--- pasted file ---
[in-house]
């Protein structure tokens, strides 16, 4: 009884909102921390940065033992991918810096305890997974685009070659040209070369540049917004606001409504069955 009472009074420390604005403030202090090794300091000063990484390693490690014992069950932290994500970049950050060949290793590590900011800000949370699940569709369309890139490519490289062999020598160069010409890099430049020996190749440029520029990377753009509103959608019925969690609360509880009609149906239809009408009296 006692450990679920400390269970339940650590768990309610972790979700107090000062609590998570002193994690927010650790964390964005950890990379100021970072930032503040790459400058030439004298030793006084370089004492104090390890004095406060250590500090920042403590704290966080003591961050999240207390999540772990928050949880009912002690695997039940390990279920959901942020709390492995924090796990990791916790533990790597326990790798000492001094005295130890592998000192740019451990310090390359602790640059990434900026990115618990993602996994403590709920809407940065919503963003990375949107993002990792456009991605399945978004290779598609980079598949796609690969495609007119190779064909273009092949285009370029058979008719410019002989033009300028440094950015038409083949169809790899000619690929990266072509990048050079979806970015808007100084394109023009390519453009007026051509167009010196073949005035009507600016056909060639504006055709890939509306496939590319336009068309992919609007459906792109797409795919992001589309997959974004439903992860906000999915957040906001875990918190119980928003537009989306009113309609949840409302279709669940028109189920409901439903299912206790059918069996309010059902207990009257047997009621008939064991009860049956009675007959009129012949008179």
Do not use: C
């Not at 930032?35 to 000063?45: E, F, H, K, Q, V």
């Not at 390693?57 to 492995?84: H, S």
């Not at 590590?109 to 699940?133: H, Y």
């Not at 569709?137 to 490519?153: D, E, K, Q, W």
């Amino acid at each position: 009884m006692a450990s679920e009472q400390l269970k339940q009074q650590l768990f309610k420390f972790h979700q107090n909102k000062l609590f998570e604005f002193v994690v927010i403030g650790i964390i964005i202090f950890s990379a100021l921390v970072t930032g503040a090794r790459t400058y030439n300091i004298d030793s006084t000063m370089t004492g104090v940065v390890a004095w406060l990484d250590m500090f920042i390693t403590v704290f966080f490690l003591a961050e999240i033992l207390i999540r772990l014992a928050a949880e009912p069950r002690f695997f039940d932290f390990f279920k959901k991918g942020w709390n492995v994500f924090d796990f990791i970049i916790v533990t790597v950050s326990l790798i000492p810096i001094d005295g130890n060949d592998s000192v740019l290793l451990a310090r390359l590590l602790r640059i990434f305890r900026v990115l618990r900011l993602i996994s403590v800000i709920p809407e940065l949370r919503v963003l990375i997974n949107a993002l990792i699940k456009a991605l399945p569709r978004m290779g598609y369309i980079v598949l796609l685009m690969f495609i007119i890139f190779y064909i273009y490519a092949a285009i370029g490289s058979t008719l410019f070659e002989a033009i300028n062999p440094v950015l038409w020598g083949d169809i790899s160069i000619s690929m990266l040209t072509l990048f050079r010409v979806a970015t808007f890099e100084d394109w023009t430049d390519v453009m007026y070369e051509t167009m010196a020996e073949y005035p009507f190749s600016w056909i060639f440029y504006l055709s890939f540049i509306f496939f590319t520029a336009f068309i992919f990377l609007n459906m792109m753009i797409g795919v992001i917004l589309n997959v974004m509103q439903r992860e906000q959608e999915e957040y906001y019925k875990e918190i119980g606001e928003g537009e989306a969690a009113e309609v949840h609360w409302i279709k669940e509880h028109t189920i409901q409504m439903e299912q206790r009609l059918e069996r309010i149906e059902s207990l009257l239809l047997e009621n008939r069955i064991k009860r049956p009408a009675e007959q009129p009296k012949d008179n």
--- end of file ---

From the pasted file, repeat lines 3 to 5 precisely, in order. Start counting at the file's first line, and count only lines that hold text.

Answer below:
Do not use: C
């Not at 930032?35 to 000063?45: E, F, H, K, Q, V």
């Not at 390693?57 to 492995?84: H, S």